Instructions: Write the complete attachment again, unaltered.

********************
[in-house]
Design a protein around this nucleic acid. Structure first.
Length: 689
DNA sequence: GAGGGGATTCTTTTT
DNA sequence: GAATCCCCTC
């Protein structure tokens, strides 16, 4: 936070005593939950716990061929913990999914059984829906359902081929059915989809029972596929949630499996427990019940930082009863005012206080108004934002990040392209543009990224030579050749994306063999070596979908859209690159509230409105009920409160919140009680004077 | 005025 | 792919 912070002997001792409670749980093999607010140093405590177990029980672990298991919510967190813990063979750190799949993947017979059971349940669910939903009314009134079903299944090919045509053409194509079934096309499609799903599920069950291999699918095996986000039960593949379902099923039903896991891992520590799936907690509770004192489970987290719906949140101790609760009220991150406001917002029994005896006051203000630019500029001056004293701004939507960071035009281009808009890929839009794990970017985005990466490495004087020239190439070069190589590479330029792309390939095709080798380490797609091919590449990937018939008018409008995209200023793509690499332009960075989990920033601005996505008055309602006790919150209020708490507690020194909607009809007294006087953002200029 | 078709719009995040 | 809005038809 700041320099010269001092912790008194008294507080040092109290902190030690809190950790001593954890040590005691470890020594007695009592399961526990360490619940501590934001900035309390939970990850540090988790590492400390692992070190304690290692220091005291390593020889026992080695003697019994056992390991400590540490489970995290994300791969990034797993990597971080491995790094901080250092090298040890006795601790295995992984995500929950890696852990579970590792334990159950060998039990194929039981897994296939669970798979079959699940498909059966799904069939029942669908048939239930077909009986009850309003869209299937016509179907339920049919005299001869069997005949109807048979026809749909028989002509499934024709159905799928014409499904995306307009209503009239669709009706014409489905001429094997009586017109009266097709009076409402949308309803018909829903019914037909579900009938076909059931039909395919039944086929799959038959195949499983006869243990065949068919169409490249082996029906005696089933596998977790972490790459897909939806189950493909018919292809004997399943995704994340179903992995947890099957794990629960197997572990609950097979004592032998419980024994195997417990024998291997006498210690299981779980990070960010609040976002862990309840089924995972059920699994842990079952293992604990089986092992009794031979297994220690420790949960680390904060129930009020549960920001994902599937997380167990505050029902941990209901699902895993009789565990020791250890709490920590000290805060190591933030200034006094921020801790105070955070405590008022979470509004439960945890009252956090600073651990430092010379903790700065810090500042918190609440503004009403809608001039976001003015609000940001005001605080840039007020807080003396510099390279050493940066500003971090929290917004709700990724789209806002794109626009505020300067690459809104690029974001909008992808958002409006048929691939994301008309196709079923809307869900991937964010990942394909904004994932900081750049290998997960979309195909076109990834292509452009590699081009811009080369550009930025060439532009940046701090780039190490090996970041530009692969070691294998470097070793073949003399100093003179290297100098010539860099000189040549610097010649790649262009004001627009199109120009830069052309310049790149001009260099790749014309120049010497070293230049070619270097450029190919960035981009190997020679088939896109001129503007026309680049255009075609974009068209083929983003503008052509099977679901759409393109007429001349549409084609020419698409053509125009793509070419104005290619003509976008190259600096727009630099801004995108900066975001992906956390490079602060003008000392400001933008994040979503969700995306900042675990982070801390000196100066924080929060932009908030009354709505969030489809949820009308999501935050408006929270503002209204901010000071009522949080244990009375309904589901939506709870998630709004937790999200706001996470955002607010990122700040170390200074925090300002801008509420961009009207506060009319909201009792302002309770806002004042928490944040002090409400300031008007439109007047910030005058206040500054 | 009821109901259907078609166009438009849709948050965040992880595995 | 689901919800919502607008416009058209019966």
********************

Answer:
[in-house]
Design a protein around this nucleic acid. Structure first.
Length: 689
DNA sequence: GAGGGGATTCTTTTT
DNA sequence: GAATCCCCTC
């Protein structure tokens, strides 16, 4: 936070005593939950716990061929913990999914059984829906359902081929059915989809029972596929949630499996427990019940930082009863005012206080108004934002990040392209543009990224030579050749994306063999070596979908859209690159509230409105009920409160919140009680004077 | 005025 | 792919 912070002997001792409670749980093999607010140093405590177990029980672990298991919510967190813990063979750190799949993947017979059971349940669910939903009314009134079903299944090919045509053409194509079934096309499609799903599920069950291999699918095996986000039960593949379902099923039903896991891992520590799936907690509770004192489970987290719906949140101790609760009220991150406001917002029994005896006051203000630019500029001056004293701004939507960071035009281009808009890929839009794990970017985005990466490495004087020239190439070069190589590479330029792309390939095709080798380490797609091919590449990937018939008018409008995209200023793509690499332009960075989990920033601005996505008055309602006790919150209020708490507690020194909607009809007294006087953002200029 | 078709719009995040 | 809005038809 700041320099010269001092912790008194008294507080040092109290902190030690809190950790001593954890040590005691470890020594007695009592399961526990360490619940501590934001900035309390939970990850540090988790590492400390692992070190304690290692220091005291390593020889026992080695003697019994056992390991400590540490489970995290994300791969990034797993990597971080491995790094901080250092090298040890006795601790295995992984995500929950890696852990579970590792334990159950060998039990194929039981897994296939669970798979079959699940498909059966799904069939029942669908048939239930077909009986009850309003869209299937016509179907339920049919005299001869069997005949109807048979026809749909028989002509499934024709159905799928014409499904995306307009209503009239669709009706014409489905001429094997009586017109009266097709009076409402949308309803018909829903019914037909579900009938076909059931039909395919039944086929799959038959195949499983006869243990065949068919169409490249082996029906005696089933596998977790972490790459897909939806189950493909018919292809004997399943995704994340179903992995947890099957794990629960197997572990609950097979004592032998419980024994195997417990024998291997006498210690299981779980990070960010609040976002862990309840089924995972059920699994842990079952293992604990089986092992009794031979297994220690420790949960680390904060129930009020549960920001994902599937997380167990505050029902941990209901699902895993009789565990020791250890709490920590000290805060190591933030200034006094921020801790105070955070405590008022979470509004439960945890009252956090600073651990430092010379903790700065810090500042918190609440503004009403809608001039976001003015609000940001005001605080840039007020807080003396510099390279050493940066500003971090929290917004709700990724789209806002794109626009505020300067690459809104690029974001909008992808958002409006048929691939994301008309196709079923809307869900991937964010990942394909904004994932900081750049290998997960979309195909076109990834292509452009590699081009811009080369550009930025060439532009940046701090780039190490090996970041530009692969070691294998470097070793073949003399100093003179290297100098010539860099000189040549610097010649790649262009004001627009199109120009830069052309310049790149001009260099790749014309120049010497070293230049070619270097450029190919960035981009190997020679088939896109001129503007026309680049255009075609974009068209083929983003503008052509099977679901759409393109007429001349549409084609020419698409053509125009793509070419104005290619003509976008190259600096727009630099801004995108900066975001992906956390490079602060003008000392400001933008994040979503969700995306900042675990982070801390000196100066924080929060932009908030009354709505969030489809949820009308999501935050408006929270503002209204901010000071009522949080244990009375309904589901939506709870998630709004937790999200706001996470955002607010990122700040170390200074925090300002801008509420961009009207506060009319909201009792302002309770806002004042928490944040002090409400300031008007439109007047910030005058206040500054 | 009821109901259907078609166009438009849709948050965040992880595995 | 689901919800919502607008416009058209019966």